Apple iPhone 8 Might Be Slower Than Samsung Galaxy S8

Although Apple's iPhone 8 hasn't been announced yet, reports claim that there's already a possibility that it will have slower wireless speeds than Samsung's newly released Galaxy S8. The new iPhone may not support Gigabit LTE networks, which the Samsung Galaxy S8 does.

When it comes to smartphones, there are so many key areas that are significant to consumers.  Design, software, battery life, price, and performance are all important factors, as is speed. Samsung's powerhouse smartphones, the Galaxy S8 and Galaxy S8+, are the alleged two fastest Android phones that have been launched to date. They used new 10nm octa-core processors, Qualcomm's Snapdragon 835 in the US and Samsung's Exynos 8895 for international countries. They also feature the most optimized version yet of the Samsung Experience, which formerly known as TouchWiz.

If Apple decides to skip out on Gigabit LTE, the iPhone 8 will hit the market with a major disadvantage when the company is trying to position the 10th iteration of its iPhone franchise as the most advanced smartphone yet. Samsung Galaxy S8 is just the first premium device to tap into the said technology.  Meanwhile, the Galaxy S8 is powered by a Qualcomm Snapdragon 835 CPU that can use faster data rates on the 4G spectrum known as Gigabit LTE. Apparently, Apple uses its own CPU and a mix of modems from both Intel and Qualcomm.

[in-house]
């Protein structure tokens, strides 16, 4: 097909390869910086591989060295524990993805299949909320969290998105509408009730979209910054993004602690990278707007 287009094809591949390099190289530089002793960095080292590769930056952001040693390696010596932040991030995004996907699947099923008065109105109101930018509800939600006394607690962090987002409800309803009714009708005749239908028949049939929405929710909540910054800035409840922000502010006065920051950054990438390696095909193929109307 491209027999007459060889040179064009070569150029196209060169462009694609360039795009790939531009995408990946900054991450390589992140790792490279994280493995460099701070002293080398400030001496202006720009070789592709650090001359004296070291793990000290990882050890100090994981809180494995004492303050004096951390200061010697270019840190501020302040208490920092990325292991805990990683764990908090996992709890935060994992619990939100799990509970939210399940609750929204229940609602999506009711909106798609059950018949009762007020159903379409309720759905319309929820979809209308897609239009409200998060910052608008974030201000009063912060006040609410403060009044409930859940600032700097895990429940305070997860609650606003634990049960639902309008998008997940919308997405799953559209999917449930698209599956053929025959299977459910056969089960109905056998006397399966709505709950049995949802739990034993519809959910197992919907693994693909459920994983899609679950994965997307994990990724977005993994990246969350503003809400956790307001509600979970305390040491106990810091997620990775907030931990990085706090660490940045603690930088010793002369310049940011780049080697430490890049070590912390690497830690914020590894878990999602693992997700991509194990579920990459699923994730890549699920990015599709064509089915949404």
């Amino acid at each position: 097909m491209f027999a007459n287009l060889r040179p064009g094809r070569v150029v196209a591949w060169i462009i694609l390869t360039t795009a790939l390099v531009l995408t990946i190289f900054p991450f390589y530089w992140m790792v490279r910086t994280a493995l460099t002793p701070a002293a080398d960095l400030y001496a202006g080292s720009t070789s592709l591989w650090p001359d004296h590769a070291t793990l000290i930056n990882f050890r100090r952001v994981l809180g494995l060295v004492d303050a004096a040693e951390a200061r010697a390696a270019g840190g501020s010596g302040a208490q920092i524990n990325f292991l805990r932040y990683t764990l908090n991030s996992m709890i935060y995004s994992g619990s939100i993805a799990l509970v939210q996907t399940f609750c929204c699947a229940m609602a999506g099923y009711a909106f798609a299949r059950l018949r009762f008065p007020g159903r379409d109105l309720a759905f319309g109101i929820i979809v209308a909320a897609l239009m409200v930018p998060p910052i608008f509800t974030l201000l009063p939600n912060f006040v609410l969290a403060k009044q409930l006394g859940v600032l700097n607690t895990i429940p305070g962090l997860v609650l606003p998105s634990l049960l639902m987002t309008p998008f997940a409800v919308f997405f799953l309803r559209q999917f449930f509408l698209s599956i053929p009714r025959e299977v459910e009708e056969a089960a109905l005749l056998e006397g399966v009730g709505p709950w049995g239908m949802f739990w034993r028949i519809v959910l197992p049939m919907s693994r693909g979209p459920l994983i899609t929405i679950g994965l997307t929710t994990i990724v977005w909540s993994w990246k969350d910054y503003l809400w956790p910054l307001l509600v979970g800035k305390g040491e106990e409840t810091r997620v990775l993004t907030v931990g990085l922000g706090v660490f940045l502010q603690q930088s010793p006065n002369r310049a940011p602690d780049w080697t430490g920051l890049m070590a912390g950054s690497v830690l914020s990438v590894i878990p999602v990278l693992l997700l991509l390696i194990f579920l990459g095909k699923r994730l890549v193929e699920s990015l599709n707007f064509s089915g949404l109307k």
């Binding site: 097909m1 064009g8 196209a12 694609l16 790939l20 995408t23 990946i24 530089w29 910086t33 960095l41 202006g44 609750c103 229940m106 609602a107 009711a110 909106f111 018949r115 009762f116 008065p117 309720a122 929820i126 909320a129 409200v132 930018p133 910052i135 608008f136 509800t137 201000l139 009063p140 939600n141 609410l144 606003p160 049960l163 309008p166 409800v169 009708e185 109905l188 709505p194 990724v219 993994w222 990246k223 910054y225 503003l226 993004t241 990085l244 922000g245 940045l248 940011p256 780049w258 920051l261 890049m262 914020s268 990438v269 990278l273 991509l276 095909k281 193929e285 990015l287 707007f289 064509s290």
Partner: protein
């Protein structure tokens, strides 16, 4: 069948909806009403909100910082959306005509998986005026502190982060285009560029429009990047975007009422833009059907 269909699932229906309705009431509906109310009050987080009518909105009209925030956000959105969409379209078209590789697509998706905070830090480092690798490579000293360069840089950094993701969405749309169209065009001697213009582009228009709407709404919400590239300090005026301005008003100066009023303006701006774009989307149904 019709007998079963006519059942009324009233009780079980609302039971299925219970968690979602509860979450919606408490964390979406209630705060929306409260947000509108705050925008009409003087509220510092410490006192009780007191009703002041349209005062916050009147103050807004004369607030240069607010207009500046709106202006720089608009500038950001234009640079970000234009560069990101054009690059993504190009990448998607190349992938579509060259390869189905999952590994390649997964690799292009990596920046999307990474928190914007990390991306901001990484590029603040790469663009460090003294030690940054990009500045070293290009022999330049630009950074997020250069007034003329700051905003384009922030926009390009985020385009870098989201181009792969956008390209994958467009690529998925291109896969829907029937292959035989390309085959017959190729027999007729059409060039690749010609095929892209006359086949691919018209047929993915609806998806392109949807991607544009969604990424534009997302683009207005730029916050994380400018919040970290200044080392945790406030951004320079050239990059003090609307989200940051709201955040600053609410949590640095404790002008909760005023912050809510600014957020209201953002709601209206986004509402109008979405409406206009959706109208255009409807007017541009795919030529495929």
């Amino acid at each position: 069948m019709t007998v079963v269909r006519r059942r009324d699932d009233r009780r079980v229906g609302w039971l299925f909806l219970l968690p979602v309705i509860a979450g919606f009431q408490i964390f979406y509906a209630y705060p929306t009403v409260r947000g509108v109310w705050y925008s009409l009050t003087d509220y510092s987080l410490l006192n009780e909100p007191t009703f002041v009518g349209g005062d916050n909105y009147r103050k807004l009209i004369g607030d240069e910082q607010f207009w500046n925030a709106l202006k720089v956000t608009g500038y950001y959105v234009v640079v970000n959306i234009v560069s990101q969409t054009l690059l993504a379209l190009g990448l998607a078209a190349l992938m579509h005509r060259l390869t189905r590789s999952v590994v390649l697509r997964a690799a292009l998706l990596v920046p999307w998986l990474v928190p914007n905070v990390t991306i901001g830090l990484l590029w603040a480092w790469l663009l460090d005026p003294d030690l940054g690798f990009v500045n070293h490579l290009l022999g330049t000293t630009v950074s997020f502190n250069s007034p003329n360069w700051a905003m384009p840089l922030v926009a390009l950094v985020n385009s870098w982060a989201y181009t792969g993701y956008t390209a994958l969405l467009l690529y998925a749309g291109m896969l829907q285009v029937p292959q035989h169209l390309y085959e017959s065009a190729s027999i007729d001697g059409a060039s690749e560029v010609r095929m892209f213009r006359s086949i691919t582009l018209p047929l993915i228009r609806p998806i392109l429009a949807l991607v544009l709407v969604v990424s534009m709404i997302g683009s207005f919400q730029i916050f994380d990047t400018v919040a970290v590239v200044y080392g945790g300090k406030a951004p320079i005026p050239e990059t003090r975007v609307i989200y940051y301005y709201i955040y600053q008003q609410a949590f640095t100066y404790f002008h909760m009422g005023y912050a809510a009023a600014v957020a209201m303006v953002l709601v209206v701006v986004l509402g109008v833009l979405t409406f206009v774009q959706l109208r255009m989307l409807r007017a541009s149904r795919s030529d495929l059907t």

As a source noted out, Apple utilizes modems built by both Qualcomm and Intel in its current iPhone 7 and iPhone 7 Plus models. Apple continues to utilize both suppliers but only one of the iPhone 8's modems - the Qualcomm model - will support Gigabit LTE. In that case, Apple may intentionally slow the Qualcomm model to match the performance of the Intel model, as it has reportedly done with the iPhone 7 and 7 Plus.

It's still uncertain what Apple will do with the next iPhone. It could just switch back to just utilizing Qualcomm's modem or it will use the X16 in markets like the US where Gigabit LTE is coming on its way. More importantly, Carriers and vendors alike are both expected to start calling out Gigabit LTE as a very important feature, and Qualcomm expects as many as 10 phones to offer those speeds. It would be a great loss for Apple to be the only premium phone without it.


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